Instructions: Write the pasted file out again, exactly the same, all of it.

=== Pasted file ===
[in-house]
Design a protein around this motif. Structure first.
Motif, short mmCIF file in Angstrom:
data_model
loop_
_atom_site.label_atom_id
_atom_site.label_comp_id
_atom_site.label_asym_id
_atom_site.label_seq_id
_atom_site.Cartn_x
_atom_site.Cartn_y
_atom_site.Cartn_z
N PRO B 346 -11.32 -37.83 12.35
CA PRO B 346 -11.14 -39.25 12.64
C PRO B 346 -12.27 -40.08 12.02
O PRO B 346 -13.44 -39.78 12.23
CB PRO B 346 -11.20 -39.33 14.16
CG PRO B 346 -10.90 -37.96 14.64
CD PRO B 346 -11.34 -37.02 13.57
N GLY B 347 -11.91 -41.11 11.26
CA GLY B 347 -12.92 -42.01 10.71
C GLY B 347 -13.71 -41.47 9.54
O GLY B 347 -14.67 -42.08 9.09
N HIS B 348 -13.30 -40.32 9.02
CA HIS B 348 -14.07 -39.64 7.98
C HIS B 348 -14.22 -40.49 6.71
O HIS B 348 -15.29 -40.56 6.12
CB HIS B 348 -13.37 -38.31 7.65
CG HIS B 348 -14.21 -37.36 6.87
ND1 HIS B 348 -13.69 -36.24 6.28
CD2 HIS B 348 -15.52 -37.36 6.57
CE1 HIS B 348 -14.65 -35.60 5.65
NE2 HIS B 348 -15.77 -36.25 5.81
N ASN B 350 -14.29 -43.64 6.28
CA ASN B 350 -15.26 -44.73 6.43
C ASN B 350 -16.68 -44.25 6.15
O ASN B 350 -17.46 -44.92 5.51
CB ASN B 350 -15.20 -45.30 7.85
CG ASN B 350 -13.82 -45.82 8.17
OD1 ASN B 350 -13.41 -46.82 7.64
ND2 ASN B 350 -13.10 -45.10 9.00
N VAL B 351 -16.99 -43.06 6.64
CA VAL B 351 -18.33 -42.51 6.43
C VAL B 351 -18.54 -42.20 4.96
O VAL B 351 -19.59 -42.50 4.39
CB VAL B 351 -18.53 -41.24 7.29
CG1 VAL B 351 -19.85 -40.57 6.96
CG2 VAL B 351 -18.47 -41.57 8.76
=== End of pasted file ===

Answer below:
[in-house]
Design a protein around this motif. Structure first.
Motif, short mmCIF file in Angstrom:
data_model
loop_
_atom_site.label_atom_id
_atom_site.label_comp_id
_atom_site.label_asym_id
_atom_site.label_seq_id
_atom_site.Cartn_x
_atom_site.Cartn_y
_atom_site.Cartn_z
N PRO B 346 -11.32 -37.83 12.35
CA PRO B 346 -11.14 -39.25 12.64
C PRO B 346 -12.27 -40.08 12.02
O PRO B 346 -13.44 -39.78 12.23
CB PRO B 346 -11.20 -39.33 14.16
CG PRO B 346 -10.90 -37.96 14.64
CD PRO B 346 -11.34 -37.02 13.57
N GLY B 347 -11.91 -41.11 11.26
CA GLY B 347 -12.92 -42.01 10.71
C GLY B 347 -13.71 -41.47 9.54
O GLY B 347 -14.67 -42.08 9.09
N HIS B 348 -13.30 -40.32 9.02
CA HIS B 348 -14.07 -39.64 7.98
C HIS B 348 -14.22 -40.49 6.71
O HIS B 348 -15.29 -40.56 6.12
CB HIS B 348 -13.37 -38.31 7.65
CG HIS B 348 -14.21 -37.36 6.87
ND1 HIS B 348 -13.69 -36.24 6.28
CD2 HIS B 348 -15.52 -37.36 6.57
CE1 HIS B 348 -14.65 -35.60 5.65
NE2 HIS B 348 -15.77 -36.25 5.81
N ASN B 350 -14.29 -43.64 6.28
CA ASN B 350 -15.26 -44.73 6.43
C ASN B 350 -16.68 -44.25 6.15
O ASN B 350 -17.46 -44.92 5.51
CB ASN B 350 -15.20 -45.30 7.85
CG ASN B 350 -13.82 -45.82 8.17
OD1 ASN B 350 -13.41 -46.82 7.64
ND2 ASN B 350 -13.10 -45.10 9.00
N VAL B 351 -16.99 -43.06 6.64
CA VAL B 351 -18.33 -42.51 6.43
C VAL B 351 -18.54 -42.20 4.96
O VAL B 351 -19.59 -42.50 4.39
CB VAL B 351 -18.53 -41.24 7.29
CG1 VAL B 351 -19.85 -40.57 6.96
CG2 VAL B 351 -18.47 -41.57 8.76